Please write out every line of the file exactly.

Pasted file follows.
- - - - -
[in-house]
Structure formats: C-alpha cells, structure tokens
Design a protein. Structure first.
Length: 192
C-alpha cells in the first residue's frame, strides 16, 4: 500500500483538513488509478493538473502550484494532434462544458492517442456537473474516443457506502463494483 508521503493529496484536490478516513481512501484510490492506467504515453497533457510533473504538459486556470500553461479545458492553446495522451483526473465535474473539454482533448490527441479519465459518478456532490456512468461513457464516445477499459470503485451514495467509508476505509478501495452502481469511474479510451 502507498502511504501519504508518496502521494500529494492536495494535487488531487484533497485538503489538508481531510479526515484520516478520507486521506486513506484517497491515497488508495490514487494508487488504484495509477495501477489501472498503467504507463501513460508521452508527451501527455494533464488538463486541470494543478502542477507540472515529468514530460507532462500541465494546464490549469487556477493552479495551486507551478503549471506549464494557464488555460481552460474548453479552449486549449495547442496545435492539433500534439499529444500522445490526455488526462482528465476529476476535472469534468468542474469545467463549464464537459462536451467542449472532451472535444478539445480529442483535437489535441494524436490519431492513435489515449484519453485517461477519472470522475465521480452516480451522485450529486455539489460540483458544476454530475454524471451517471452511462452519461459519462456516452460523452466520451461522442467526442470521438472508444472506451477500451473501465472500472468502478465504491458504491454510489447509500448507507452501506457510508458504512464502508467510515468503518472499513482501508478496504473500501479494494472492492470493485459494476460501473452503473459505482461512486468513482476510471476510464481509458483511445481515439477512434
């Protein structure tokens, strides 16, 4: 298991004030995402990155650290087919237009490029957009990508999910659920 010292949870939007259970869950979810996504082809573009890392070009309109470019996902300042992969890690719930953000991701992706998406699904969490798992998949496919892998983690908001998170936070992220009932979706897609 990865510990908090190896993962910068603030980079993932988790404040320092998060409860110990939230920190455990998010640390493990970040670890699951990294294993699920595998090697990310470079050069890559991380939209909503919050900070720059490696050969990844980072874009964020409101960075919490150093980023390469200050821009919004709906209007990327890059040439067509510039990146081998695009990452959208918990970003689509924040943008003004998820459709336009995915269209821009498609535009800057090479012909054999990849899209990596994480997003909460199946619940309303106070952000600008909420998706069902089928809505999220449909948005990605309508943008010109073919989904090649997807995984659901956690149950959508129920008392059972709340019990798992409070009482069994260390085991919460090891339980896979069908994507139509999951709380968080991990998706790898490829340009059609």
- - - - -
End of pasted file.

[in-house]
Structure formats: C-alpha cells, structure tokens
Design a protein. Structure first.
Length: 192
C-alpha cells in the first residue's frame, strides 16, 4: 500500500483538513488509478493538473502550484494532434462544458492517442456537473474516443457506502463494483 508521503493529496484536490478516513481512501484510490492506467504515453497533457510533473504538459486556470500553461479545458492553446495522451483526473465535474473539454482533448490527441479519465459518478456532490456512468461513457464516445477499459470503485451514495467509508476505509478501495452502481469511474479510451 502507498502511504501519504508518496502521494500529494492536495494535487488531487484533497485538503489538508481531510479526515484520516478520507486521506486513506484517497491515497488508495490514487494508487488504484495509477495501477489501472498503467504507463501513460508521452508527451501527455494533464488538463486541470494543478502542477507540472515529468514530460507532462500541465494546464490549469487556477493552479495551486507551478503549471506549464494557464488555460481552460474548453479552449486549449495547442496545435492539433500534439499529444500522445490526455488526462482528465476529476476535472469534468468542474469545467463549464464537459462536451467542449472532451472535444478539445480529442483535437489535441494524436490519431492513435489515449484519453485517461477519472470522475465521480452516480451522485450529486455539489460540483458544476454530475454524471451517471452511462452519461459519462456516452460523452466520451461522442467526442470521438472508444472506451477500451473501465472500472468502478465504491458504491454510489447509500448507507452501506457510508458504512464502508467510515468503518472499513482501508478496504473500501479494494472492492470493485459494476460501473452503473459505482461512486468513482476510471476510464481509458483511445481515439477512434
């Protein structure tokens, strides 16, 4: 298991004030995402990155650290087919237009490029957009990508999910659920 010292949870939007259970869950979810996504082809573009890392070009309109470019996902300042992969890690719930953000991701992706998406699904969490798992998949496919892998983690908001998170936070992220009932979706897609 990865510990908090190896993962910068603030980079993932988790404040320092998060409860110990939230920190455990998010640390493990970040670890699951990294294993699920595998090697990310470079050069890559991380939209909503919050900070720059490696050969990844980072874009964020409101960075919490150093980023390469200050821009919004709906209007990327890059040439067509510039990146081998695009990452959208918990970003689509924040943008003004998820459709336009995915269209821009498609535009800057090479012909054999990849899209990596994480997003909460199946619940309303106070952000600008909420998706069902089928809505999220449909948005990605309508943008010109073919989904090649997807995984659901956690149950959508129920008392059972709340019990798992409070009482069994260390085991919460090891339980896979069908994507139509999951709380968080991990998706790898490829340009059609």